China To Conduct ‘Regular Combat Air Patrols’ Over South China Sea
China’s People’s Liberation Army Air Force (PLAAF) has conducted a “combat air patrol” over the South China Sea (SCS), which will become a “regular practice” in the future, a PLAAF spokesperson was quoted by Xinhua news agency as saying on 18 July.
The PLAAF recently sent H-6K strategic bombers and other aircraft, including fighters, scouts, and tankers to patrol the islands and reefs in the disputed waters, including Scarborough Shoal, spokesperson Shen Jinke was quoted as saying.
The PLAAF aims to “promote real combat training” over the SCS, improve combat abilities against various security threats and safeguard national sovereignty and security, according to the spokesperson. “To effectively fulfil its mission, the air force will continue to conduct combat patrols on a regular basis in the South China Sea,” said Shen.
While the exact date of the air patrol was not revealed, analysts said the move likely took place after the Permanent Court of Arbitration (PCA) in The Hague ruled on 12 July that Beijing’s claim to ‘historic rights’ within most of the disputed waters has no legal basis: a decision that angered China and sparked fears Beijing may accelerate its effort to establish de facto control over the area through land reclamation and military deployments.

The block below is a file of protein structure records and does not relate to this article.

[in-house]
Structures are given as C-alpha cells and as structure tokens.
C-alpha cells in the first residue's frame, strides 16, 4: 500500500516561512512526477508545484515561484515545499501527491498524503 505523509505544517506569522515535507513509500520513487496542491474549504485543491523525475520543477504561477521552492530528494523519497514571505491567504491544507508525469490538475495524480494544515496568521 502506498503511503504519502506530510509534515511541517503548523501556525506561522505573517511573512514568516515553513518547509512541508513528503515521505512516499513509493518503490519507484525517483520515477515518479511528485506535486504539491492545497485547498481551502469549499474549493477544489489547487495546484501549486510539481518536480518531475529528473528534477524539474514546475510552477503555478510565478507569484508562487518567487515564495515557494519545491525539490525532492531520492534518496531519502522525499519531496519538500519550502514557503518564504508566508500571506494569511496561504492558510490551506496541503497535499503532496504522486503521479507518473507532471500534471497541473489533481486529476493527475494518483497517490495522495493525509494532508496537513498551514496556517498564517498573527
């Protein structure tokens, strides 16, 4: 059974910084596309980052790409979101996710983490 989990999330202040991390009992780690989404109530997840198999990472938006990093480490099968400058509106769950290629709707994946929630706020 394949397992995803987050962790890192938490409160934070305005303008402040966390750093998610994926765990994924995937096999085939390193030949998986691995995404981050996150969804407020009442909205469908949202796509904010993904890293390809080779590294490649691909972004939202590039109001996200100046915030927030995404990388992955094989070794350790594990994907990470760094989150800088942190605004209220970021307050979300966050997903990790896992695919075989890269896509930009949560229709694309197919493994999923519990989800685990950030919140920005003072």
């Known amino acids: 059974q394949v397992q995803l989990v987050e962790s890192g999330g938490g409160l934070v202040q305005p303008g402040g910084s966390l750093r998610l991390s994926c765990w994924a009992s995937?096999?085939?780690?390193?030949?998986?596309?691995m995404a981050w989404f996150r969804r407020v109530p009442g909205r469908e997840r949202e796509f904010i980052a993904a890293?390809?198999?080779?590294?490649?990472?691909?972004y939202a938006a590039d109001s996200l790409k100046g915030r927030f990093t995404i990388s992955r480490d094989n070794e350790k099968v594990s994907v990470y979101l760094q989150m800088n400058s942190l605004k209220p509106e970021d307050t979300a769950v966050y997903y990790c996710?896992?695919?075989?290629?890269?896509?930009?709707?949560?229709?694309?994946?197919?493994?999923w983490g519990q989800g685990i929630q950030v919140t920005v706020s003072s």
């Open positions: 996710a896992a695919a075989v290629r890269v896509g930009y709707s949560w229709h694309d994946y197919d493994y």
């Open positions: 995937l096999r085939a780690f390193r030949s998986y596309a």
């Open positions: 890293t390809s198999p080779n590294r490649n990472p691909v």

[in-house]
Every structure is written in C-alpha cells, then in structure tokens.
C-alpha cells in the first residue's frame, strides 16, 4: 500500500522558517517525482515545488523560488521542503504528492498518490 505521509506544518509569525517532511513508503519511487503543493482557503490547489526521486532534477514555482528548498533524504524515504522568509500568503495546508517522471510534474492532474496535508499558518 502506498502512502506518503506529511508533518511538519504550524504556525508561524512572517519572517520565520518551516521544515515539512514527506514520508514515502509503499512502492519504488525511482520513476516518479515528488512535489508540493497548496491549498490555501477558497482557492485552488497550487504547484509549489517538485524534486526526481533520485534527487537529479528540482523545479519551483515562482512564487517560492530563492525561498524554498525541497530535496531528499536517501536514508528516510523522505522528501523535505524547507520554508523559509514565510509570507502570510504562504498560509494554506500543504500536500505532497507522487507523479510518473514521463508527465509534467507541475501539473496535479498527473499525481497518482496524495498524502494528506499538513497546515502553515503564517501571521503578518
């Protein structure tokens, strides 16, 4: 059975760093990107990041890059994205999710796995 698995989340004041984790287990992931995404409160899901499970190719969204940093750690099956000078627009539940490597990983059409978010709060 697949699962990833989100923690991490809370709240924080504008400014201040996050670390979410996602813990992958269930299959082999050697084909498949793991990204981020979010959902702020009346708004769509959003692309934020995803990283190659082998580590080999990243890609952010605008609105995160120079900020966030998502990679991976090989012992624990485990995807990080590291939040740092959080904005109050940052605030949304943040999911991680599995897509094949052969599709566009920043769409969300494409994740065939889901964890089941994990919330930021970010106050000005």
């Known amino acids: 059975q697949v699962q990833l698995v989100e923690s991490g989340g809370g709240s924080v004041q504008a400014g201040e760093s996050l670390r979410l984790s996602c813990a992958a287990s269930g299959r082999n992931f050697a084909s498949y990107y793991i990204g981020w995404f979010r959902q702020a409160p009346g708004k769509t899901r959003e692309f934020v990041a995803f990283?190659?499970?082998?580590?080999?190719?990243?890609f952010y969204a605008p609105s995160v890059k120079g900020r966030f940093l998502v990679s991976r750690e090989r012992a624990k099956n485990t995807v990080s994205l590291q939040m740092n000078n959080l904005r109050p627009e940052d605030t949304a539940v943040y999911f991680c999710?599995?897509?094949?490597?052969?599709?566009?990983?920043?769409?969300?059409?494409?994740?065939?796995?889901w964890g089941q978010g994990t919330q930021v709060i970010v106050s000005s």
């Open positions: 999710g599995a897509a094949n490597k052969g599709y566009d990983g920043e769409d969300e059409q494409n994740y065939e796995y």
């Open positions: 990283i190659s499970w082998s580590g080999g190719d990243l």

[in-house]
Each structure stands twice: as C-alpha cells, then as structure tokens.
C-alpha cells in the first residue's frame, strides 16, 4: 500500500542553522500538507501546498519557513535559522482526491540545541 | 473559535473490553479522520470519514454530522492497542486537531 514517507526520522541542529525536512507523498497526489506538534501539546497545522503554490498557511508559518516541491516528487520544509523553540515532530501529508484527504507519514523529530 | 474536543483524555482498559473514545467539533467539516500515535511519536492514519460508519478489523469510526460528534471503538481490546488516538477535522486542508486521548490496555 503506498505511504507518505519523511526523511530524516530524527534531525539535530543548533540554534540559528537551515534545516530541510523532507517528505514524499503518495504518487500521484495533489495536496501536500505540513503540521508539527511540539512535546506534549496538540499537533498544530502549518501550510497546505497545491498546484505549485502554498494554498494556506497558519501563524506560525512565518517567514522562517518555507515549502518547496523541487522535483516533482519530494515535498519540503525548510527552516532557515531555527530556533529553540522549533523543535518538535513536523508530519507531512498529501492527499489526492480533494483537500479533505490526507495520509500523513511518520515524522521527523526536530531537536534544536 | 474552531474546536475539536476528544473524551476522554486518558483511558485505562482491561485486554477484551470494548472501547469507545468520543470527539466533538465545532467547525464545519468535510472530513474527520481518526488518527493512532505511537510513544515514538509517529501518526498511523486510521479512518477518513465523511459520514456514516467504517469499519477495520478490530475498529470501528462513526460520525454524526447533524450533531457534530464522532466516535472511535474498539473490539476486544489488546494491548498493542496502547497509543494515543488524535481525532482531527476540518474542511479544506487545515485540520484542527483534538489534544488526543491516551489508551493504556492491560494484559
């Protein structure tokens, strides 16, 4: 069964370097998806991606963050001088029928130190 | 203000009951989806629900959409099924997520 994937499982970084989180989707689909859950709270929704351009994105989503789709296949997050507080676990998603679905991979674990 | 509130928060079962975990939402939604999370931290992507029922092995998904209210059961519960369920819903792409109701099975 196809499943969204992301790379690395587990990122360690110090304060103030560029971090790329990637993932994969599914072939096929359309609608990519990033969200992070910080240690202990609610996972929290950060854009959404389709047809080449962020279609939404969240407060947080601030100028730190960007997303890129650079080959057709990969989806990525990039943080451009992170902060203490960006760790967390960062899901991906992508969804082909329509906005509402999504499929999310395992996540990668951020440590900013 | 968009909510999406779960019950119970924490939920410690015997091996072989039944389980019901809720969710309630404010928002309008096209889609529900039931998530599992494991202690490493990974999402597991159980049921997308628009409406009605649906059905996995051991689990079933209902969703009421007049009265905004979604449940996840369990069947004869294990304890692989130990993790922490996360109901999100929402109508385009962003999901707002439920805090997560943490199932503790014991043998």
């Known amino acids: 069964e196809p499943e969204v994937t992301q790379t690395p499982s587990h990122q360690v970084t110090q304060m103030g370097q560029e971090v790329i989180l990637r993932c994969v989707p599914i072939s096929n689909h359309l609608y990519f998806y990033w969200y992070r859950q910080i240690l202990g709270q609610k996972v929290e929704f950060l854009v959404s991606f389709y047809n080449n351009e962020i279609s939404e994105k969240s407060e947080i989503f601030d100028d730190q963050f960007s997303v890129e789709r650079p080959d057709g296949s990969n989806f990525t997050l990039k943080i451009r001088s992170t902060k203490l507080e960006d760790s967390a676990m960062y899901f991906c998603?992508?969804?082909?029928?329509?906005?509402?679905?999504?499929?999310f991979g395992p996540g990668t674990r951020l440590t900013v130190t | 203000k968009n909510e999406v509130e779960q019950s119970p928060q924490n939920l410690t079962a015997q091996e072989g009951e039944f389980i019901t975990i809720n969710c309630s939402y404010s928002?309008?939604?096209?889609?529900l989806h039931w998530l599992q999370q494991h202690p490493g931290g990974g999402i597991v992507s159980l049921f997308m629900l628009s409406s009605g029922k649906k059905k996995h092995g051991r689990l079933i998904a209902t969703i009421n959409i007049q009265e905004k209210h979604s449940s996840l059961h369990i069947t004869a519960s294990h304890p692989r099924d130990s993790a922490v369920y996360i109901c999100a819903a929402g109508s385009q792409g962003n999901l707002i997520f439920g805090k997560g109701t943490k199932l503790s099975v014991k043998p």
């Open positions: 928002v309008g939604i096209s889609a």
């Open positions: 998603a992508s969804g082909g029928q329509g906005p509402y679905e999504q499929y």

The international tribunal decided on a case brought by the Philippines, which argued that Chinese activity in the region was violating international law. China boycotted the legal proceedings, arguing the panel had “no jurisdiction” and saying it would not abide by the court’s decision. While the ruling is binding, the tribunal has no powers of enforcement.
Shen said that the SCS islands have been “China’s territory since ancient times, and China’s rights and interests in relevant maritime areas should not be infringed upon”. He added that the PLAAF will “firmly defend national sovereignty, security and maritime interests, safeguard regional peace and stability, and cope with various threats and challenges”.
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